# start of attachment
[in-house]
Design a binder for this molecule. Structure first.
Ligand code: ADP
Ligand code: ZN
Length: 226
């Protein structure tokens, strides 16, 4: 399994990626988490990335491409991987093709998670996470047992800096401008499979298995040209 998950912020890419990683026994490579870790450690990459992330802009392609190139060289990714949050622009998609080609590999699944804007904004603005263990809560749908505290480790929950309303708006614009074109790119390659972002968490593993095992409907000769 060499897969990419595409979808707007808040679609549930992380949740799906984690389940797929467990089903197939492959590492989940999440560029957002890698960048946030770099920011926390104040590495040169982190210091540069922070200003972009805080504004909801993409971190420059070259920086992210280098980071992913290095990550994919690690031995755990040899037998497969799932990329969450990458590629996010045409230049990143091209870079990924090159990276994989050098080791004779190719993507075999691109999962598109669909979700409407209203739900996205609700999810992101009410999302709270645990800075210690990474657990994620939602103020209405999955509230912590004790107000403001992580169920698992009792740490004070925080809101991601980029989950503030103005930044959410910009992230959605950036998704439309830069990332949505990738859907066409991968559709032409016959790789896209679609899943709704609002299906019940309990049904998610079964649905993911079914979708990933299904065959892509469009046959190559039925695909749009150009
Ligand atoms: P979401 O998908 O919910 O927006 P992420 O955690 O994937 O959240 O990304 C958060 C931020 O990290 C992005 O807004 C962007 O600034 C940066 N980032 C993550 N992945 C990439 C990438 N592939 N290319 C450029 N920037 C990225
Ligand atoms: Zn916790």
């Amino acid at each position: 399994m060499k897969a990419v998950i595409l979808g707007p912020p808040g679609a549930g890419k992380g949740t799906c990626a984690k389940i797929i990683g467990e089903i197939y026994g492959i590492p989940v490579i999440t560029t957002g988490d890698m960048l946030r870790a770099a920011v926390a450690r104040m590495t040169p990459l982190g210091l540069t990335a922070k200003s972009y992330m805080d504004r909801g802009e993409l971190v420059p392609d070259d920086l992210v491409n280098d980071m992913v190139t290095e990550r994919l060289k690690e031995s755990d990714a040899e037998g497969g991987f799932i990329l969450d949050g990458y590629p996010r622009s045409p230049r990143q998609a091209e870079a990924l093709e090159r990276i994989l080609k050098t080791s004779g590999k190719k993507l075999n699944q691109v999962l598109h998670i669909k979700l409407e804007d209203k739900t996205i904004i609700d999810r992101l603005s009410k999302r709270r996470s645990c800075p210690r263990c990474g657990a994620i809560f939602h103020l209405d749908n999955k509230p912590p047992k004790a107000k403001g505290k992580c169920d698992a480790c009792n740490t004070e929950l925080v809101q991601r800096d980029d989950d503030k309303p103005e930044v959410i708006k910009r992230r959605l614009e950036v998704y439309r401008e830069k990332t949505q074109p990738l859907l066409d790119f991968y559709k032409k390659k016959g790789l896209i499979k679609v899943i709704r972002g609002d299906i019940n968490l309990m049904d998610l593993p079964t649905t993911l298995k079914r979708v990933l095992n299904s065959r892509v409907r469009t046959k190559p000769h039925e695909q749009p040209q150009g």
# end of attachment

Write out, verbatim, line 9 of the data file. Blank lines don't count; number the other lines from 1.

């Amino acid at each position: 399994m060499k897969a990419v998950i595409l979808g707007p912020p808040g679609a549930g890419k992380g949740t799906c990626a984690k389940i797929i990683g467990e089903i197939y026994g492959i590492p989940v490579i999440t560029t957002g988490d890698m960048l946030r870790a770099a920011v926390a450690r104040m590495t040169p990459l982190g210091l540069t990335a922070k200003s972009y992330m805080d504004r909801g802009e993409l971190v420059p392609d070259d920086l992210v491409n280098d980071m992913v190139t290095e990550r994919l060289k690690e031995s755990d990714a040899e037998g497969g991987f799932i990329l969450d949050g990458y590629p996010r622009s045409p230049r990143q998609a091209e870079a990924l093709e090159r990276i994989l080609k050098t080791s004779g590999k190719k993507l075999n699944q691109v999962l598109h998670i669909k979700l409407e804007d209203k739900t996205i904004i609700d999810r992101l603005s009410k999302r709270r996470s645990c800075p210690r263990c990474g657990a994620i809560f939602h103020l209405d749908n999955k509230p912590p047992k004790a107000k403001g505290k992580c169920d698992a480790c009792n740490t004070e929950l925080v809101q991601r800096d980029d989950d503030k309303p103005e930044v959410i708006k910009r992230r959605l614009e950036v998704y439309r401008e830069k990332t949505q074109p990738l859907l066409d790119f991968y559709k032409k390659k016959g790789l896209i499979k679609v899943i709704r972002g609002d299906i019940n968490l309990m049904d998610l593993p079964t649905t993911l298995k079914r979708v990933l095992n299904s065959r892509v409907r469009t046959k190559p000769h039925e695909q749009p040209q150009g």